"We want to see the Government of Guatemala take specific and effective action – including, if appropriate, legislative reforms – to improve the systemic failures in enforcement of Guatemalan labor law . . . In addition, the issue of labor-related violence is a matter of serious concern to the United States. Our request for consultations also expresses our grave concerns about this problem and indicates that we intend to take this issue up with the Government of Guatemala in the near future."
Under Article 16.2 of CAFTA-DR, each party promises to effectively enforce its labor laws. The United States alleges that Guatemala has violated Article 16.2.1(a) by failing to effectively enforce Guatemalan labor laws relating to the right of association, the right to organize and bargain collectively, and acceptable conditions of work. The United States government also has expressed concerns about the response of the Government of Guatemala to the use and threats of violence against persons and organizations who attempt to exercise their labor rights. The United States claims that the failure to enforce labor laws in Guatemala creates an unfair playing field that harms U.S. workers.
The parties will now enter a 60-day consultation period. If they are unable to resolve the matter during that time, the United States, as the complaining Party, may request a meeting of the Agreement’s Free Trade Commission, the ministerial level body that supervises the implementation of the Agreement. If the Parties do not resolve the matter through ministerial consultations within 30 days, the United States may request the establishment of a Chapter 20 dispute settlement panel to consider the matter.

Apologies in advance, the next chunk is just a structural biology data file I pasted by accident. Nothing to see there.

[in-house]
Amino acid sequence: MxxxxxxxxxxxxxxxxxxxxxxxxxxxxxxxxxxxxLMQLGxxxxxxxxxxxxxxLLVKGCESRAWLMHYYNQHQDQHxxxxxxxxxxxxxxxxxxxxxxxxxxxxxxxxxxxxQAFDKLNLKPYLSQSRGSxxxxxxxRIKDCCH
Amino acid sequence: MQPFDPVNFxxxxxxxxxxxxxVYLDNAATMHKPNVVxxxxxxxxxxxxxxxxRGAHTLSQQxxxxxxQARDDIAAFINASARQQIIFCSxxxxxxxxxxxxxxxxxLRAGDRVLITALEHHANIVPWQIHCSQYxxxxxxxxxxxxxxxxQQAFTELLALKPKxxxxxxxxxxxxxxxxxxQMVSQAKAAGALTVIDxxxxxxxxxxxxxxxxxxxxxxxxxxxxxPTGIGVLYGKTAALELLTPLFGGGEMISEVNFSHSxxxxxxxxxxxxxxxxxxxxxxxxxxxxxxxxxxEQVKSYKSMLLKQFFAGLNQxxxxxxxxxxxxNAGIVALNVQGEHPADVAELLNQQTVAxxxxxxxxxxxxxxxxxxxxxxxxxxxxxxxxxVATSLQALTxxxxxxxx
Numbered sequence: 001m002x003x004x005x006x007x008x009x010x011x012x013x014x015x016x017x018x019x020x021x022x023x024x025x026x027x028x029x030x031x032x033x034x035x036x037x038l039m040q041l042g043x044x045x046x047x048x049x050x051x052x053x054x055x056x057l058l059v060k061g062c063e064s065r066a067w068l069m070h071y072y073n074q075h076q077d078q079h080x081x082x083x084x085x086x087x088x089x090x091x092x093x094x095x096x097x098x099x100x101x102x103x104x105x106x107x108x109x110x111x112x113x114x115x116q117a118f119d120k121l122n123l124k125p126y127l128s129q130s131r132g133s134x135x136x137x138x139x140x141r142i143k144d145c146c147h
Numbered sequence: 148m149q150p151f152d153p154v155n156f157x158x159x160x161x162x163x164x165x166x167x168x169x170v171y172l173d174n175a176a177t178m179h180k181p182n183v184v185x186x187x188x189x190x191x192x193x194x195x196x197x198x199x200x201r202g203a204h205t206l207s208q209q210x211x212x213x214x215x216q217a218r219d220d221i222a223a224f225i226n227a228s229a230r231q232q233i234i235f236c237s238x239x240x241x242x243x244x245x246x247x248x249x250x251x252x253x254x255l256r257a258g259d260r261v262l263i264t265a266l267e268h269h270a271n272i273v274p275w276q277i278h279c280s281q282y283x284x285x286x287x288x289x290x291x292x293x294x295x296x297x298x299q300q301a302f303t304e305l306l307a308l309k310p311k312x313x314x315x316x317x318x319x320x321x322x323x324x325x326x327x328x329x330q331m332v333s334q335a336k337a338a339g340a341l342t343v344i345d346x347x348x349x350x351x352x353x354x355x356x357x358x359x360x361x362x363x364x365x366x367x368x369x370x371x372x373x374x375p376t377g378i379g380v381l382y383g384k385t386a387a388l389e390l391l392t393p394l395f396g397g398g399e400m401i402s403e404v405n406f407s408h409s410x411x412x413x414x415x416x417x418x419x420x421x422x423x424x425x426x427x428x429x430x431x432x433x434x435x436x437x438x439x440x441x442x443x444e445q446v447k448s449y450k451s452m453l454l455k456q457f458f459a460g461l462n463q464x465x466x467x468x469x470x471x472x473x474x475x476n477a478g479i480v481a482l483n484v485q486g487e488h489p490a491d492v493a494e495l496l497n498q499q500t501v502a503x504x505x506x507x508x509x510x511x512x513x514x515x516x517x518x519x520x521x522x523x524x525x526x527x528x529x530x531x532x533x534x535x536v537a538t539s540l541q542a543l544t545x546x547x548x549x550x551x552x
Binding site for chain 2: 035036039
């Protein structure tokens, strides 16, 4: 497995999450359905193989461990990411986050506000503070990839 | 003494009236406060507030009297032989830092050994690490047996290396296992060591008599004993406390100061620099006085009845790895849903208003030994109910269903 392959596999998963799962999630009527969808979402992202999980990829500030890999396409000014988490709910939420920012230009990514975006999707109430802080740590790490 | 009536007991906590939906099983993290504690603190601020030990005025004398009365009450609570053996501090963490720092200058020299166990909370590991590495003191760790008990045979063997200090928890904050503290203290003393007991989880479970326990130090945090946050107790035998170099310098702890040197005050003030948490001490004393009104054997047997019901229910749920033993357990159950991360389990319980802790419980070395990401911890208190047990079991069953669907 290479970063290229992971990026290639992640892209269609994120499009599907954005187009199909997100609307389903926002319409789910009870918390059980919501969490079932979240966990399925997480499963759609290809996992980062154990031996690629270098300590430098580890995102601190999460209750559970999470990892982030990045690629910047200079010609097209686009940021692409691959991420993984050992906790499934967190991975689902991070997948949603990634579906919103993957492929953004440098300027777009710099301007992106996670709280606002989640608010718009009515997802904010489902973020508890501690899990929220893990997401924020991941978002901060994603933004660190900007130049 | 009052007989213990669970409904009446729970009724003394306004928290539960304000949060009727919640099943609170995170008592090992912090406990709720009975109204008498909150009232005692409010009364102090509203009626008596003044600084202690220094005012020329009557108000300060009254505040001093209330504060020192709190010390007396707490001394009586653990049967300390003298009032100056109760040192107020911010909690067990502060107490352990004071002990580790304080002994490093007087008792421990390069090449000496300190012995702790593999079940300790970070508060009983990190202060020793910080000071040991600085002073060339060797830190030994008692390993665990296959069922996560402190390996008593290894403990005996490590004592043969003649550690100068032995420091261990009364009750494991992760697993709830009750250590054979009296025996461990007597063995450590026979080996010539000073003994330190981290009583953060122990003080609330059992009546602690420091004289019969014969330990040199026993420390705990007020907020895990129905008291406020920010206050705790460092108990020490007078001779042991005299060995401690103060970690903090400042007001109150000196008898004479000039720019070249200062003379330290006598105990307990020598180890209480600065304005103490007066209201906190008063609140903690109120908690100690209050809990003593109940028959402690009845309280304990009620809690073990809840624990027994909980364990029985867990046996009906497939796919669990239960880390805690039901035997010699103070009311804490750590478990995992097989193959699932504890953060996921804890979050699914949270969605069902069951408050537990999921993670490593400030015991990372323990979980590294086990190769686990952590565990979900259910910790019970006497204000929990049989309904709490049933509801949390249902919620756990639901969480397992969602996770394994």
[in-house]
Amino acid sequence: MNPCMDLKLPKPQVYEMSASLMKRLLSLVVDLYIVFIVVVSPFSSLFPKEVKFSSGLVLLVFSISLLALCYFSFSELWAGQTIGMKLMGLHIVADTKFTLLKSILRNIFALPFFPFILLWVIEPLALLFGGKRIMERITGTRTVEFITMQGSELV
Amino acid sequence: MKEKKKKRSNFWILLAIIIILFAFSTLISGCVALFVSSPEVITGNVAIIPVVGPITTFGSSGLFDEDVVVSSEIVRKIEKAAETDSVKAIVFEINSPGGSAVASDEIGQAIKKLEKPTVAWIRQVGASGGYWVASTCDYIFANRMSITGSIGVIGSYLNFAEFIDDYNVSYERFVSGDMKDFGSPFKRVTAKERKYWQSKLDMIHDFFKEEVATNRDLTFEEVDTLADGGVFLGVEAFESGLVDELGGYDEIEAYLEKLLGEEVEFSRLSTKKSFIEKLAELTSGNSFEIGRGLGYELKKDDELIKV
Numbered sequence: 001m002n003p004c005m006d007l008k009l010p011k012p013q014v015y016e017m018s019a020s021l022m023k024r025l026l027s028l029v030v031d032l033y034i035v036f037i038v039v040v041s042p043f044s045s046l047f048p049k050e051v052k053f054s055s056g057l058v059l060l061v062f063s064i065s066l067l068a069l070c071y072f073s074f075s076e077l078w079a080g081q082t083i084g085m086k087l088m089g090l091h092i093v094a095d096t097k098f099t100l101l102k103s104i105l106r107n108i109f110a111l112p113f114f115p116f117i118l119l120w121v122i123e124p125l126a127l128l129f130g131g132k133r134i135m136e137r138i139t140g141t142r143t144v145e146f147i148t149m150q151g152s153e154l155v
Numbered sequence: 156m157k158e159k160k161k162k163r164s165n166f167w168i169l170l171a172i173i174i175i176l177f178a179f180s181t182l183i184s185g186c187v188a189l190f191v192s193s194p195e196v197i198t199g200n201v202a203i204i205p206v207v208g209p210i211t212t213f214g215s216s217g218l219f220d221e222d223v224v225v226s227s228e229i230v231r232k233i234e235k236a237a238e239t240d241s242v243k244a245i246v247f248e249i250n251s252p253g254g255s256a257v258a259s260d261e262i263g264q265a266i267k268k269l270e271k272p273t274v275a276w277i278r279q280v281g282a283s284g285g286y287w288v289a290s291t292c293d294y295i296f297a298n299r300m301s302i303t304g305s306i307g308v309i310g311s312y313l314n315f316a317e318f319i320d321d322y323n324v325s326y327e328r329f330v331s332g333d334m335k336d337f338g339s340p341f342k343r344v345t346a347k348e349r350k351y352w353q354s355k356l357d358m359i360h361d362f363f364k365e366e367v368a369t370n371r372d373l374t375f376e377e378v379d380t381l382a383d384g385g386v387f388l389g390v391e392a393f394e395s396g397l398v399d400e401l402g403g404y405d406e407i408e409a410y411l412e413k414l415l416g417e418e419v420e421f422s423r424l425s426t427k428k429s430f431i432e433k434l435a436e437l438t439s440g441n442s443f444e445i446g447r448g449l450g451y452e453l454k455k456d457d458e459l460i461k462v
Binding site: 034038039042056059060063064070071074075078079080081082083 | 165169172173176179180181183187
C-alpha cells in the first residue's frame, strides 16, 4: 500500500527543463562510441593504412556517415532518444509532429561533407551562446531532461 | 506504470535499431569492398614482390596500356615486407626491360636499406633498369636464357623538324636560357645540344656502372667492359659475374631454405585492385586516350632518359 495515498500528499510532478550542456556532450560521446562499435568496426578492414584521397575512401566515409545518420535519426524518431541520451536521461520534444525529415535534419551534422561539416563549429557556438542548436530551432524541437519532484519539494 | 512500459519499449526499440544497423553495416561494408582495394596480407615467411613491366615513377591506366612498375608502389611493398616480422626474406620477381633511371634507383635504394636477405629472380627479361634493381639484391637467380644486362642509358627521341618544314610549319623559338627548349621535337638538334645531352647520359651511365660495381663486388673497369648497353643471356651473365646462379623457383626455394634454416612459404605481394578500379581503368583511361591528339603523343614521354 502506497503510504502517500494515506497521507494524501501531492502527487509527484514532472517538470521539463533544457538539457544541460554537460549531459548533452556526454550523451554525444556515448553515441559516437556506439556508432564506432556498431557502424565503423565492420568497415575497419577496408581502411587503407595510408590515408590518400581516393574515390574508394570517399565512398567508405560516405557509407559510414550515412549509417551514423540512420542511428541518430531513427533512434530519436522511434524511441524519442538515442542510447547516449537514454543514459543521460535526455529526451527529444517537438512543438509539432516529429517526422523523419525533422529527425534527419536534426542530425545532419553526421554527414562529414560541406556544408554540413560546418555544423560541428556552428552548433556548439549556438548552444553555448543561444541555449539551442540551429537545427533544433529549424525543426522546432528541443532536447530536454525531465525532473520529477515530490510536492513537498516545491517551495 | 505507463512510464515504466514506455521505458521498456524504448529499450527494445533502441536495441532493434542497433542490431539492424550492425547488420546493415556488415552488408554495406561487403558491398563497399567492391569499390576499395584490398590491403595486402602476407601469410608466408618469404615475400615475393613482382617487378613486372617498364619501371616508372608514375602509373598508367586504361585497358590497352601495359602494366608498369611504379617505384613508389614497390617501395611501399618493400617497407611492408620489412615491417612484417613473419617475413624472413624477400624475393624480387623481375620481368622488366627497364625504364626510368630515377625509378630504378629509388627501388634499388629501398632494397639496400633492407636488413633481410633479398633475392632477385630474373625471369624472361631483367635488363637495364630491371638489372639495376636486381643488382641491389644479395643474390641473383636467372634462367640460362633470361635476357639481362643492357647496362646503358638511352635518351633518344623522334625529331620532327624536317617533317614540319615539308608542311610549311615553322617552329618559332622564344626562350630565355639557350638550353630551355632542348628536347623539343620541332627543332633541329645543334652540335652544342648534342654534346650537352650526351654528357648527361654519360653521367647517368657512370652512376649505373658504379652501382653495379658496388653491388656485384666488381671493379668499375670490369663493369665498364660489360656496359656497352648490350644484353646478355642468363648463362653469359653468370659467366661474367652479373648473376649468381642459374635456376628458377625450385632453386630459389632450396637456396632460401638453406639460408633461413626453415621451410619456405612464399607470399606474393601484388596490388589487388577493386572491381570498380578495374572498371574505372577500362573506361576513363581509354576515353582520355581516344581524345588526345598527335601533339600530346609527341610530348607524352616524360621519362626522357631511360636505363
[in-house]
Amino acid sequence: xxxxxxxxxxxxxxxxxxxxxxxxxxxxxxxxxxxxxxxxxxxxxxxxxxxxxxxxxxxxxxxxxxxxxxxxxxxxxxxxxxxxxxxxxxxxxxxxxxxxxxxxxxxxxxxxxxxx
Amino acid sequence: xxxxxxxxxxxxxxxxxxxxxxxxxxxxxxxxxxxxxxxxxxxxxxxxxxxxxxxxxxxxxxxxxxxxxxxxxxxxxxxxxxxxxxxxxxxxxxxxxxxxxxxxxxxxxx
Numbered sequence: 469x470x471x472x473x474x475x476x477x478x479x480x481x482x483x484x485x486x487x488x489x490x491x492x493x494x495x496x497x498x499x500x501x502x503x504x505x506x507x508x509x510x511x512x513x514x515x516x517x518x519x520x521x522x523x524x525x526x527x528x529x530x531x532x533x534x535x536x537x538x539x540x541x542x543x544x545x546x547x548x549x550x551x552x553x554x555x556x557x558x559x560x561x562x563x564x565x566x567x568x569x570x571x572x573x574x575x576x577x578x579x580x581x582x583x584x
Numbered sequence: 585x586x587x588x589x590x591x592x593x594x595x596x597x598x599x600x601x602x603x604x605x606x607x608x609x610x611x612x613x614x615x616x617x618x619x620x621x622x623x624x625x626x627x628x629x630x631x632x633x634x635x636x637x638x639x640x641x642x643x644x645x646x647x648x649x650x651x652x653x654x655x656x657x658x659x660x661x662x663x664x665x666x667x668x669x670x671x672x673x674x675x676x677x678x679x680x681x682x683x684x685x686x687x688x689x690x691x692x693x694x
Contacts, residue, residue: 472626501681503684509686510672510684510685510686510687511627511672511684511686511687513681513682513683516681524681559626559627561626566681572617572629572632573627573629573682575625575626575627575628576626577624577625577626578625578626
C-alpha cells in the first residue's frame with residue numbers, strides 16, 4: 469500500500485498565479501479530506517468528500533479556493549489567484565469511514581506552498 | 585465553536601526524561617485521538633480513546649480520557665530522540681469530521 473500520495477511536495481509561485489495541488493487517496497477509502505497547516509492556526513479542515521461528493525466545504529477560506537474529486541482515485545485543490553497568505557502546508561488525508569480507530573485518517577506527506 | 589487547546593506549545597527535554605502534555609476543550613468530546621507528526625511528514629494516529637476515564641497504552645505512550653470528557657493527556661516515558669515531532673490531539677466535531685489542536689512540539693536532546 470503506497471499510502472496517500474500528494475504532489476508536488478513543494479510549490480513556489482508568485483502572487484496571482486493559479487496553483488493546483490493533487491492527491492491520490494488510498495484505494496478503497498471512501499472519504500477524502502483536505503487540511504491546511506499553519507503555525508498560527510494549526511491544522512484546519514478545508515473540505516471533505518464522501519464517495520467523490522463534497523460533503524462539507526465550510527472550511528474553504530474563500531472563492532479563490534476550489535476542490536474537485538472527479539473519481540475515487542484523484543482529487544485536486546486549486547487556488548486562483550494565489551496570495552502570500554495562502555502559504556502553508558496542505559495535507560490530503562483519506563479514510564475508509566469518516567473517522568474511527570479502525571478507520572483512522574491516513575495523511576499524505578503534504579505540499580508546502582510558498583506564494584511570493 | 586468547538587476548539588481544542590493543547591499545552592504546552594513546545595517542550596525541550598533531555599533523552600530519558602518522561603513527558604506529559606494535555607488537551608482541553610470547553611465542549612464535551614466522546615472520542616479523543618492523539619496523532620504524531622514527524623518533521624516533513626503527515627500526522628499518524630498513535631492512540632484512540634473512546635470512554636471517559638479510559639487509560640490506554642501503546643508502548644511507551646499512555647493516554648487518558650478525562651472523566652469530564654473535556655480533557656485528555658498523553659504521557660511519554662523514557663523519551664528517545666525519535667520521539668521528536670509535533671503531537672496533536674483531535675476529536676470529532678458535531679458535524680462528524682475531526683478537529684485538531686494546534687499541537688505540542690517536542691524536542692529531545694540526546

The Southeastern Association of Law Schools (SEALS) is holding its annual conference this year in Palm Beach, Florida. I am happy to see so much internaitonal content this year. Professors have come here from Canada, Germany, and Ireland for example. There are fantastic roundtable discussions to compare U.S. and Canadian law as well. I enjoyed those discussions and hope that the program format is continued in coming years.
A panel held yesterday on “International Business Law Regulatory Structures” considered U.S. compliance with foreign governing bodies in the context of international business transactions and litigation. Professor Juliet Moringiello (Widener University School of Law) moderated the panel.
Professor William B.T. Mock, Jr. (The John Marshall Law School) described some important recent international developments in the financial markets, including the creation of the East African Community, the regional intergovernmental organization of the Republics of Kenya, Uganda, the United Republic of Tanzania, Republic of Rwanda, and Republic of Burundi. The organization has its headquarters in Arusha, Tanzania and came into being on July 1, 2010. He noted a trend in creating other new financial markets and in the mergers of larger markets. He noted potential conflicts and confusion from having different government entities supervise these markets and suggested to the professors in the audience that there was a need for further scholarship to discuss conflicts and ethical issues arising over the past decade.